“With some of Patrick’s actions, sometimes he turned a blind eye,” Messer said. “Or he really was oblivious, or he just didn’t think some of the stuff was that bad. Also being bound in a legal partnership, it’s hard. He’s got to do what’s right for his family as well.”
Berkson reiterated that Sweeney had not been involved day-to-day in restaurant operations for some time. Yet Sweeney continued to be the face of the businesses with city administrators and the media.
“The (restaurant) industry is broken,” Berkson said in the recent staff meeting. “It was due to excess, due to doing what we do at the expense of ourselves and others. It was due to leaders who failed to professionalize, failed to humanize. Those leaders, and the excess in the industry, created work environments that were simply unsustainable.”
Berkson didn’t say if he included himself among these leaders. He’s been making statements and writing letters to employees and investors, and said he’d done “everything possible for Patrick.”
“Yeah, he’s the face of the business,” Berkson said. “Patrick’s an artist. He expressed a lot of the pleasures of our business, but also the pain. Enough was enough, though.”
Despite these incidents, working at Merchant and Lucille could be fulfilling, and it paid well. Staff described camaraderie among teams and pride in the work.
One server who worked at Lucille for several years said her managers were “wave breakers” between Sweeney’s anger and staff. During her two years with the company, she had little contact with him.
“I have never loved my managers more than when I worked there, which is unusual in the service industry,” the server said. “I have nothing but respect for Josh (Berkson). He’s a talented man. We all have our flaws, but my interactions with him have always been positive.”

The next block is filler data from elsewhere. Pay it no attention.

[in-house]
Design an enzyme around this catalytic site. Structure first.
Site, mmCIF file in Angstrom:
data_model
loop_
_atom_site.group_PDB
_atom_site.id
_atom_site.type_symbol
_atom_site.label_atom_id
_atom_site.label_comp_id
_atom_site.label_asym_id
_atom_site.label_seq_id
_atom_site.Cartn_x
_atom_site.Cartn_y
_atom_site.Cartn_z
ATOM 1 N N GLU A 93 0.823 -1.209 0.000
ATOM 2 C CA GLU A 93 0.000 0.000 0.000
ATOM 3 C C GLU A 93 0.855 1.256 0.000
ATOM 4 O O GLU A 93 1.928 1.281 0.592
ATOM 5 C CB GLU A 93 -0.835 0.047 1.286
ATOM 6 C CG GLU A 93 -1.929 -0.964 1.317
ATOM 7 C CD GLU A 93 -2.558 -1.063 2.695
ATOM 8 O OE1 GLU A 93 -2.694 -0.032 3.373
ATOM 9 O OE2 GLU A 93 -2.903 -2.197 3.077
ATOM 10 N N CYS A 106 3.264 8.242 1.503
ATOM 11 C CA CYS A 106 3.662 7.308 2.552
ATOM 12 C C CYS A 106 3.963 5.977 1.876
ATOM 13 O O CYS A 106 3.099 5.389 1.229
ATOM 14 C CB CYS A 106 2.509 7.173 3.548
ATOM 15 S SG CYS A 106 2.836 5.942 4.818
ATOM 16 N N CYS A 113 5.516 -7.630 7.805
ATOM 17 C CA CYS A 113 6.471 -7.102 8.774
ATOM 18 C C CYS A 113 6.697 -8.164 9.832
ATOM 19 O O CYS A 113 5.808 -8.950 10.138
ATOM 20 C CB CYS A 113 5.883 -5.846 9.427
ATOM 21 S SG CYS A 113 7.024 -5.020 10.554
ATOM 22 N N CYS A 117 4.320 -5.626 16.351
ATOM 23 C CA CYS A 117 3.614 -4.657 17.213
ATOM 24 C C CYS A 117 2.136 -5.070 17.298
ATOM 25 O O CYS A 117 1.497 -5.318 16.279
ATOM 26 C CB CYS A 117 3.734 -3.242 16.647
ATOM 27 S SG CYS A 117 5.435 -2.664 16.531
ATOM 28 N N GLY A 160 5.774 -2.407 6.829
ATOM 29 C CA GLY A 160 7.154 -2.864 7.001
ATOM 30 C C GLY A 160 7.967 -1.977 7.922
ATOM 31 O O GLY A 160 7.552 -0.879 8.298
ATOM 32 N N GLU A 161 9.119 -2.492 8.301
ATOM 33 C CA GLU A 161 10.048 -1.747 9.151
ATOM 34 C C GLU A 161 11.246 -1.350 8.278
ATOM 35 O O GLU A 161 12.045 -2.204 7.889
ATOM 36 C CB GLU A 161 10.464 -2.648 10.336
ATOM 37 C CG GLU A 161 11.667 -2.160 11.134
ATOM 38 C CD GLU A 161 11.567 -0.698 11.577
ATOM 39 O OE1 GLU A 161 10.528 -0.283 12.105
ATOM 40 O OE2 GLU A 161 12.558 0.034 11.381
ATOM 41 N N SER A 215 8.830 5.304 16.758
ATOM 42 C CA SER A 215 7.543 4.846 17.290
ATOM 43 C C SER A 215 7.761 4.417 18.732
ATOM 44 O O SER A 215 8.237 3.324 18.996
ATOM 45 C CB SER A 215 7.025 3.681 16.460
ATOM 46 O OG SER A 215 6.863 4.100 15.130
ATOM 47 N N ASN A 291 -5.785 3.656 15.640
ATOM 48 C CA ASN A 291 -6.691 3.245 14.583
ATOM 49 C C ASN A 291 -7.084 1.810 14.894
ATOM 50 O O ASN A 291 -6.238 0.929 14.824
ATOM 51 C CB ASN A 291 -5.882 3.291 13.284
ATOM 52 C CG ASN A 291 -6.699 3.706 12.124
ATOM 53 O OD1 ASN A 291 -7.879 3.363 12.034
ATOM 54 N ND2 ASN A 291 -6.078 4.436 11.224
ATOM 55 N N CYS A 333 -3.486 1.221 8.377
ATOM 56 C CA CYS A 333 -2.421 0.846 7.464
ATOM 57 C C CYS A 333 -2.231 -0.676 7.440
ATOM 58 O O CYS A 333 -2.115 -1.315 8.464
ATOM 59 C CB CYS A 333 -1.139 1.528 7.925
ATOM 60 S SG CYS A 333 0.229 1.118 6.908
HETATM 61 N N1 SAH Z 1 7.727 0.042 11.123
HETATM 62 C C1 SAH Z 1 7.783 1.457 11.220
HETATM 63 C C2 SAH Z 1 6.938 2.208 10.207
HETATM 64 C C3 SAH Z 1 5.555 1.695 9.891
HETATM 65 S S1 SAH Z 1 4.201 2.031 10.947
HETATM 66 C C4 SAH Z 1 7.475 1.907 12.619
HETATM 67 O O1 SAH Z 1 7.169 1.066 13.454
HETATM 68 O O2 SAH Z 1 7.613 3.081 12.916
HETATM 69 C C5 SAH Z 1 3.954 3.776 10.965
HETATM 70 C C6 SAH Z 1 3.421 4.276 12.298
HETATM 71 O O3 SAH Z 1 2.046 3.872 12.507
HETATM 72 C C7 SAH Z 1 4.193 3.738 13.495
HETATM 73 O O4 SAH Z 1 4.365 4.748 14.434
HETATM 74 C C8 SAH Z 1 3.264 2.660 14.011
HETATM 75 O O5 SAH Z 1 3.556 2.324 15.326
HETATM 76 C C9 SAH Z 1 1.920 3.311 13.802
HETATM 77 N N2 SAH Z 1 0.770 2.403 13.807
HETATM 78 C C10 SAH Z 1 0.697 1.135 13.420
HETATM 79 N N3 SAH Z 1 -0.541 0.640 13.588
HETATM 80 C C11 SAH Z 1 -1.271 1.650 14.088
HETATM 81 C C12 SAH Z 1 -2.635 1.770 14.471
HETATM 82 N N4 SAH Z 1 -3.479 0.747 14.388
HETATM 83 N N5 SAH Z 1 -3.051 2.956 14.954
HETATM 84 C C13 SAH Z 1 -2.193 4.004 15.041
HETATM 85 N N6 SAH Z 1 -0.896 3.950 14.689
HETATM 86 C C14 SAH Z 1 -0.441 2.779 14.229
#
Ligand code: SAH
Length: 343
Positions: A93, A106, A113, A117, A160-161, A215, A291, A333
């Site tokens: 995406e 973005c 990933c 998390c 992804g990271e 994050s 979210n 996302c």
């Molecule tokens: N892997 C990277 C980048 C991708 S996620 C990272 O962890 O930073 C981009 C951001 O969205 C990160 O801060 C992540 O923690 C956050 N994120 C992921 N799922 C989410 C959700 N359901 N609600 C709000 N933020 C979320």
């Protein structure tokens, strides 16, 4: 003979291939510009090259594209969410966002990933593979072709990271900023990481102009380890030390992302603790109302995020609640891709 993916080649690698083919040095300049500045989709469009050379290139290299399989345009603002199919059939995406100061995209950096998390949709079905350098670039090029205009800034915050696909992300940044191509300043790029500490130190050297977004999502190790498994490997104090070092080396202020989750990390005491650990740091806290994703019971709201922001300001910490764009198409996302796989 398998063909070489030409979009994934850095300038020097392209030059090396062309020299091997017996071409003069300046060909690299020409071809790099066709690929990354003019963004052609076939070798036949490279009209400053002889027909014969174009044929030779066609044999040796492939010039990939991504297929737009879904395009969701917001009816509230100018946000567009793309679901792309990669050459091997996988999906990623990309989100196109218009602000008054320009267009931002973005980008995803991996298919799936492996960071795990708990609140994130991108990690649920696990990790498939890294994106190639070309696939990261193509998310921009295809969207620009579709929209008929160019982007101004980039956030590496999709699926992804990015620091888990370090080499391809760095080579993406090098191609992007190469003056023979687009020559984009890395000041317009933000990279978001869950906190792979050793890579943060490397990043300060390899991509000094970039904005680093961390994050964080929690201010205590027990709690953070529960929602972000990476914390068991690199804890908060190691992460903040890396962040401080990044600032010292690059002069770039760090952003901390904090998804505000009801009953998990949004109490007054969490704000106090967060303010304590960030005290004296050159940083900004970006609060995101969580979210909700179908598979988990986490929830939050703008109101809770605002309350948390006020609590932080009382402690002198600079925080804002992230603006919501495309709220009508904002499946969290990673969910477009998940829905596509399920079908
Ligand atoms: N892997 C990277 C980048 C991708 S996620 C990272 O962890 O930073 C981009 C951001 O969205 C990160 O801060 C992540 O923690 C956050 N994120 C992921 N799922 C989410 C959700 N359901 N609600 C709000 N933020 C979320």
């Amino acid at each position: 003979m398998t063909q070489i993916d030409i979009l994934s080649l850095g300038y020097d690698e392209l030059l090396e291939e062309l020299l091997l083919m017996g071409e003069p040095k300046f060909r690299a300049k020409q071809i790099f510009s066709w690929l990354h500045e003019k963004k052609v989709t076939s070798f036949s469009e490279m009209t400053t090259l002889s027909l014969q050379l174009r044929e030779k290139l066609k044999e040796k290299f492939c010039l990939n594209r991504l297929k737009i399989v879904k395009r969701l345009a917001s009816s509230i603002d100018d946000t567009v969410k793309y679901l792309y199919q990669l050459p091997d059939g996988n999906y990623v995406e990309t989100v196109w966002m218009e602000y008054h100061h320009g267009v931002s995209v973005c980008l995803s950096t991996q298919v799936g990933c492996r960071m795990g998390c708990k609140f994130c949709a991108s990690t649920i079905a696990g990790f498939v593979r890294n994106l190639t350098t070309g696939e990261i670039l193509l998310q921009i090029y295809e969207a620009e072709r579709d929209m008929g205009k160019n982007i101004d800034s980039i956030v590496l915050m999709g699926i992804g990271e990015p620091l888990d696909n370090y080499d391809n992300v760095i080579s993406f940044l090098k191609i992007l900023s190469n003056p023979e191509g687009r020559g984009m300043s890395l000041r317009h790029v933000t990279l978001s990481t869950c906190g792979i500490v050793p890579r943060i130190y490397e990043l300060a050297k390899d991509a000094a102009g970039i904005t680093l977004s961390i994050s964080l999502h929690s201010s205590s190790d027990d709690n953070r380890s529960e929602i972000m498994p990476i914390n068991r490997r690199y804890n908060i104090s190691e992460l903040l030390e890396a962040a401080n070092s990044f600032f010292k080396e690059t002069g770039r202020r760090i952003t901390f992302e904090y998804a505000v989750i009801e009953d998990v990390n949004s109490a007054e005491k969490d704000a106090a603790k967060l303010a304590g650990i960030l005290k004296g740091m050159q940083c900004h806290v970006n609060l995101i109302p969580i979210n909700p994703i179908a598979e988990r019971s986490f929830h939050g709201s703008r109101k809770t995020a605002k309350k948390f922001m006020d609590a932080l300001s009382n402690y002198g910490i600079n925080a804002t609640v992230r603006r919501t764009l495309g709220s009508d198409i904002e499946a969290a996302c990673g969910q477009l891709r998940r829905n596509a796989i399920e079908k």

Granted, even managers didn’t get health insurance, a common problem in the restaurant industry and one several staff were asked to solve in recent years (“each time it was too expensive for the business,” one manager said). Berkson said “health care coverage for everyone” is a goal after pandemic restrictions ease.
Pre-COVID, the money was good. At Lucille, bartenders could make $30-$35 an hour, and $10 per hour more during the holidays.
And putting these restaurants on a résumé could lead to bigger things. Merchant built a national reputation as a craft cocktail bar. Bartenders have gone on to work at high-profile establishments in Austin, Atlanta, Detroit and New York City.
“I loved those programs,” said Messer, who now lives in Seattle and works at a tiki bar with his wife, Maddy Van Elzen. Van Elzen was also a longtime manager at Rule No. One; she declined to comment for this story.
“We got paid well to do cool stuff,” Messer said. “Most people would say they were more committed to the team we had and the work we built than the owners.”
It’s common for people who’ve worked in restaurants to take jobs with beer, wine or spirits distributors. Messer considered this, but was uneasy about leaving his job while continuing to live in Madison. Several staffers confirmed that Sweeney and Berkson didn’t like employees taking additional jobs, even if Merchant and Lucille didn’t have full-time hours to offer.